I often feel a sense of desperation among writers who are trying to give their newly published books the best possible marketing push. The How-To Information that's spun-out all over the place insists we need to promote, promote, promote, but it never mentions that bookstore contacts may refuse to call back, that regional publishers may bump your interview down to a local publication because "He said that if he covered every author who contacted him, he'd be publishing a book review," or that at many literary festivals the hand full of bestselling authors in attendance get ninety percent of the crowd while everyone else could have stayed home and cleaned or taken a nap.
So these posts at Pub Rants and author Ally Carter's blog on how Carter's book, I'd Tell You That I Love You, But Then I'd Have To Kill You made the New York Times bestseller list two years after it was published were encouraging, even though they can only offer theories about how it happened.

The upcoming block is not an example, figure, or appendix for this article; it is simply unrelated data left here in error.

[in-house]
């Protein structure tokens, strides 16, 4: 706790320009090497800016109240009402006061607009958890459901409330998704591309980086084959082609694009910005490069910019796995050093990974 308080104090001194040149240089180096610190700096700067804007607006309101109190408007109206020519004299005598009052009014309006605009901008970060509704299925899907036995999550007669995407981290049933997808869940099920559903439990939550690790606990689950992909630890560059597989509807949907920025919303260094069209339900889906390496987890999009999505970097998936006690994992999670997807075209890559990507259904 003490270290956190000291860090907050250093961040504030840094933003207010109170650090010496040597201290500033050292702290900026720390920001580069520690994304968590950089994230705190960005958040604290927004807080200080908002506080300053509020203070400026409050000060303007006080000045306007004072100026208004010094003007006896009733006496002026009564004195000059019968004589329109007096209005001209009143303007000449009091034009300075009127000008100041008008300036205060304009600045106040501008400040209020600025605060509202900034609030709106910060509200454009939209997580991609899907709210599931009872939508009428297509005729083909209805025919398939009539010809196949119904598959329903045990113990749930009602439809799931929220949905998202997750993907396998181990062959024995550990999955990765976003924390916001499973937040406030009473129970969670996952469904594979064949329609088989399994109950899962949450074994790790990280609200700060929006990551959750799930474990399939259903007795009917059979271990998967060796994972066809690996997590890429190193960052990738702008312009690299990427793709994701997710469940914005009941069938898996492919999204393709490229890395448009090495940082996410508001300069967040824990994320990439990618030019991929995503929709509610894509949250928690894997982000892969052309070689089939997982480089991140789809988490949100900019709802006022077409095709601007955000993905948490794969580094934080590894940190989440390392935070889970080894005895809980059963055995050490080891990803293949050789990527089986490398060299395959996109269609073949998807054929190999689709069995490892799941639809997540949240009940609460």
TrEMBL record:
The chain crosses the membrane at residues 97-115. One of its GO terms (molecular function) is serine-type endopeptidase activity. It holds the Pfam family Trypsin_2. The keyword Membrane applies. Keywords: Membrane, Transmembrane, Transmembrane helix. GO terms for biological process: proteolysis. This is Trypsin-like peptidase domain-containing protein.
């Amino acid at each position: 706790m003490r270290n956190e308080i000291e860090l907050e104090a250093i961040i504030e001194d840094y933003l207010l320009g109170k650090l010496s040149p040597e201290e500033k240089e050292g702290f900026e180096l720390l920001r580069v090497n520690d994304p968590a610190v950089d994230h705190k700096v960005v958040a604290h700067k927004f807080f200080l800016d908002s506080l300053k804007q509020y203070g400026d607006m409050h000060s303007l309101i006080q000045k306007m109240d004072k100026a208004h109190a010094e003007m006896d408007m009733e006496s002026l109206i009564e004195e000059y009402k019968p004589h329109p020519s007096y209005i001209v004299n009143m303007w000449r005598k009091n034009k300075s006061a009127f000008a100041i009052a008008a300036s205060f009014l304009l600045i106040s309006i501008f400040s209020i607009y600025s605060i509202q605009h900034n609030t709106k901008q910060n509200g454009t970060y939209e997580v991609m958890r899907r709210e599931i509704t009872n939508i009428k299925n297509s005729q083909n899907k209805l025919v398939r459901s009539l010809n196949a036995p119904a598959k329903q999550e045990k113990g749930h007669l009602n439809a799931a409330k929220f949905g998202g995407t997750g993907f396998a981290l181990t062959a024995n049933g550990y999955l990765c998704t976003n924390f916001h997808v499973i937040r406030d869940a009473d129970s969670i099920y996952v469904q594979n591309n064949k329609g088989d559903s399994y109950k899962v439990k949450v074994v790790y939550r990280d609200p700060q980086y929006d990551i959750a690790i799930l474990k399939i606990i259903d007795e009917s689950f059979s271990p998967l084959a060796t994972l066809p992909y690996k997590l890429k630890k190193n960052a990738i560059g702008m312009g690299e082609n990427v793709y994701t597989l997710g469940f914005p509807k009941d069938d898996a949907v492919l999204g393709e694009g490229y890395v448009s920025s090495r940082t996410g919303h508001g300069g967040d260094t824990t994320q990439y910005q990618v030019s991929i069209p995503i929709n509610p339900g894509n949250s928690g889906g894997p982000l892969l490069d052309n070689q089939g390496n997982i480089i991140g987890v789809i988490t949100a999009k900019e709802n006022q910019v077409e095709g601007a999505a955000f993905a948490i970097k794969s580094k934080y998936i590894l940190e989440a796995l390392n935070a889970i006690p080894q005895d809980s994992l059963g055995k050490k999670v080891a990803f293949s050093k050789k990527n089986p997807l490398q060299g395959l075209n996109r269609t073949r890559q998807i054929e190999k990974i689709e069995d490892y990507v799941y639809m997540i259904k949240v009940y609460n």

Note in particular Pub Rants' point about the book receiving "few to almost no reviews." The book's "success was not review-driven."
Also note Carter's point that the book didn't hit the list because of self promotion. "All this time I was home...writing."